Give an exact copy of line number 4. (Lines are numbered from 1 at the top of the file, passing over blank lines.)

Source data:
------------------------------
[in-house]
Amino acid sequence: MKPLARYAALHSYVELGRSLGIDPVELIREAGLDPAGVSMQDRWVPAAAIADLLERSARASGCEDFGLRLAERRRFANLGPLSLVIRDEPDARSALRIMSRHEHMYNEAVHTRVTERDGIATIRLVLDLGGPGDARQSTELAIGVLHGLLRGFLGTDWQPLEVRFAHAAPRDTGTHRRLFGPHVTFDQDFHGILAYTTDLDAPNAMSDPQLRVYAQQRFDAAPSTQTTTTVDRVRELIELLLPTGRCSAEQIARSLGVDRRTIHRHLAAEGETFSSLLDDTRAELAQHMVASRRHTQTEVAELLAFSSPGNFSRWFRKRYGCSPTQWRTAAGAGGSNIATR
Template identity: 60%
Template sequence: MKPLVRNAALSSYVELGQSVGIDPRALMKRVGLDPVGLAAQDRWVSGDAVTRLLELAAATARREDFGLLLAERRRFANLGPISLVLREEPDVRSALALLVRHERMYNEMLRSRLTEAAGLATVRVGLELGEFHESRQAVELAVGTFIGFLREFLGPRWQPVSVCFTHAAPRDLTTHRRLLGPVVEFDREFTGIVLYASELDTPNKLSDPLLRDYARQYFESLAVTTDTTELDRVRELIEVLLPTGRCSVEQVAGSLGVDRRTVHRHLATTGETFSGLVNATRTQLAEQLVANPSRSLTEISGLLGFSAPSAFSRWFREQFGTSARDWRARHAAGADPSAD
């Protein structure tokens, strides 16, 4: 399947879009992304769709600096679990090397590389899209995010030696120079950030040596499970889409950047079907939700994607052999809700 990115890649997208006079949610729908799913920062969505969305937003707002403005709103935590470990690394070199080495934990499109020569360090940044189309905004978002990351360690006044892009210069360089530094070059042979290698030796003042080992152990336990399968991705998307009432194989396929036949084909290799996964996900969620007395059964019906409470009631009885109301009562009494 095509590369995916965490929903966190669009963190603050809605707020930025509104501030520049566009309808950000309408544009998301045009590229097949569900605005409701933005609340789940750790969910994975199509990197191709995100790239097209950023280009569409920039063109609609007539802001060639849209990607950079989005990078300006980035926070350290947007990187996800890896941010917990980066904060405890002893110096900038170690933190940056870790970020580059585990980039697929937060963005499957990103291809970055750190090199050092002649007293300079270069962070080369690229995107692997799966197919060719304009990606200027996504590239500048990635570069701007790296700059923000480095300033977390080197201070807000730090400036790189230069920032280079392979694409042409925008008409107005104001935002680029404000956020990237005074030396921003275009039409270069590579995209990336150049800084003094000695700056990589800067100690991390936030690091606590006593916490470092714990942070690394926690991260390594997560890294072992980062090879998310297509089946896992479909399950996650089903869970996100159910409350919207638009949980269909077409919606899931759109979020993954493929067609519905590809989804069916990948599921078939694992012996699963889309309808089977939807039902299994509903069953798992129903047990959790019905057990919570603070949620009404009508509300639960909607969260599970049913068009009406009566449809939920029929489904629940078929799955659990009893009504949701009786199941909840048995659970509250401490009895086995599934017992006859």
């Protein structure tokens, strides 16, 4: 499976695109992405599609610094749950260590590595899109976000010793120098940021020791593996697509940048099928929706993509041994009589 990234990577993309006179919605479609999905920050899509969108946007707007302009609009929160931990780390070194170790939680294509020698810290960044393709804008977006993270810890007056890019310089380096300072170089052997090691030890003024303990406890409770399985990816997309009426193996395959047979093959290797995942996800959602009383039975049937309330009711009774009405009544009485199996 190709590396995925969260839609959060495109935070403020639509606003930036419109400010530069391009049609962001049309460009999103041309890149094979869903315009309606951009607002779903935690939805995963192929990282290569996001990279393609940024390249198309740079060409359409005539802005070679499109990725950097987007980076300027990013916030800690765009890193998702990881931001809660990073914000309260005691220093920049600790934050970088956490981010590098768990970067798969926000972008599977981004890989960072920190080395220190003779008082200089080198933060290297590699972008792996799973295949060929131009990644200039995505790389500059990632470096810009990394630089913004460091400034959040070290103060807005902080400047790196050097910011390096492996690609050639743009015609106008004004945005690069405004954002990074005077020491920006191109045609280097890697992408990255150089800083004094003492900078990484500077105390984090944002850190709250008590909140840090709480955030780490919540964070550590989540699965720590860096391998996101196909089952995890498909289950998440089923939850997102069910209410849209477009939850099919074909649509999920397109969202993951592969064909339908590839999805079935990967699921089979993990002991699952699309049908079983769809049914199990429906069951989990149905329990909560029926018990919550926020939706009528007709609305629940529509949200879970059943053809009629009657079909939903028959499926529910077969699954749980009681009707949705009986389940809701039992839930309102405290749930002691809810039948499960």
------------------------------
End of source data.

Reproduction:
Template sequence: MKPLVRNAALSSYVELGQSVGIDPRALMKRVGLDPVGLAAQDRWVSGDAVTRLLELAAATARREDFGLLLAERRRFANLGPISLVLREEPDVRSALALLVRHERMYNEMLRSRLTEAAGLATVRVGLELGEFHESRQAVELAVGTFIGFLREFLGPRWQPVSVCFTHAAPRDLTTHRRLLGPVVEFDREFTGIVLYASELDTPNKLSDPLLRDYARQYFESLAVTTDTTELDRVRELIEVLLPTGRCSVEQVAGSLGVDRRTVHRHLATTGETFSGLVNATRTQLAEQLVANPSRSLTEISGLLGFSAPSAFSRWFREQFGTSARDWRARHAAGADPSAD